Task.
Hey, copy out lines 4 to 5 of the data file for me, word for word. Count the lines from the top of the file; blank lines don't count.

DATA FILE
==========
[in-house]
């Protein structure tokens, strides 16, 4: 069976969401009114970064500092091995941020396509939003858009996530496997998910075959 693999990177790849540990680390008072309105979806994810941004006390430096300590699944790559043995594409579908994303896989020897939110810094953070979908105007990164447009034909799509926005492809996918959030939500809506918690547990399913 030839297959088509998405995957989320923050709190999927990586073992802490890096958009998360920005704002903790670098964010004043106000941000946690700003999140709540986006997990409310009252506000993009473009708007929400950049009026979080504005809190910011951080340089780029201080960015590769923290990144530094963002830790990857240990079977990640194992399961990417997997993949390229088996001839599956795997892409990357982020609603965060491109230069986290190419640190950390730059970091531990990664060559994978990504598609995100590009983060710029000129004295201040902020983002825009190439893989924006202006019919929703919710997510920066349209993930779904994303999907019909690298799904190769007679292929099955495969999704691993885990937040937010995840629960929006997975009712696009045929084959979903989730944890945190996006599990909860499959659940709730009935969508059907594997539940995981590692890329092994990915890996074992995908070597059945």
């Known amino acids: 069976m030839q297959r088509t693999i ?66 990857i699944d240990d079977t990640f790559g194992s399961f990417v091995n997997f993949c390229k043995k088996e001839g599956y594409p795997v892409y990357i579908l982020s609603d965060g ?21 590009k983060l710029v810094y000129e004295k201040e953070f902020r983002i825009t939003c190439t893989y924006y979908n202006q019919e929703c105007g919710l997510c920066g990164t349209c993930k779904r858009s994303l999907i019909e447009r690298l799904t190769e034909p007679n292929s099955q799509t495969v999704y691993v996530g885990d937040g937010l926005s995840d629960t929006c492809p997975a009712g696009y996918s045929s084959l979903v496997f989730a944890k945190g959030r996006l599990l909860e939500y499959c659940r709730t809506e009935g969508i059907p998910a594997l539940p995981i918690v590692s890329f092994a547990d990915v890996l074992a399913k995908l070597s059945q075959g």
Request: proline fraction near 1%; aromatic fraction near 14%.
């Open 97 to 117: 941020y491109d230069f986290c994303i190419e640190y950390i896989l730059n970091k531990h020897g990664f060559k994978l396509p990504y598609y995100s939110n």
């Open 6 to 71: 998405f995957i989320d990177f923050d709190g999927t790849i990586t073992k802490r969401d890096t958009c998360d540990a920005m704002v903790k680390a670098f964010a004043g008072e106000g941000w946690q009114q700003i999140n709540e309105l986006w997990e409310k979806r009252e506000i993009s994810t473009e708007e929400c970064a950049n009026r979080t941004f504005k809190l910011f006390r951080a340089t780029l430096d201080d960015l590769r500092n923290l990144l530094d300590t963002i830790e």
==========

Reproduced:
Request: proline fraction near 1%; aromatic fraction near 14%.
């Open 97 to 117: 941020y491109d230069f986290c994303i190419e640190y950390i896989l730059n970091k531990h020897g990664f060559k994978l396509p990504y598609y995100s939110n």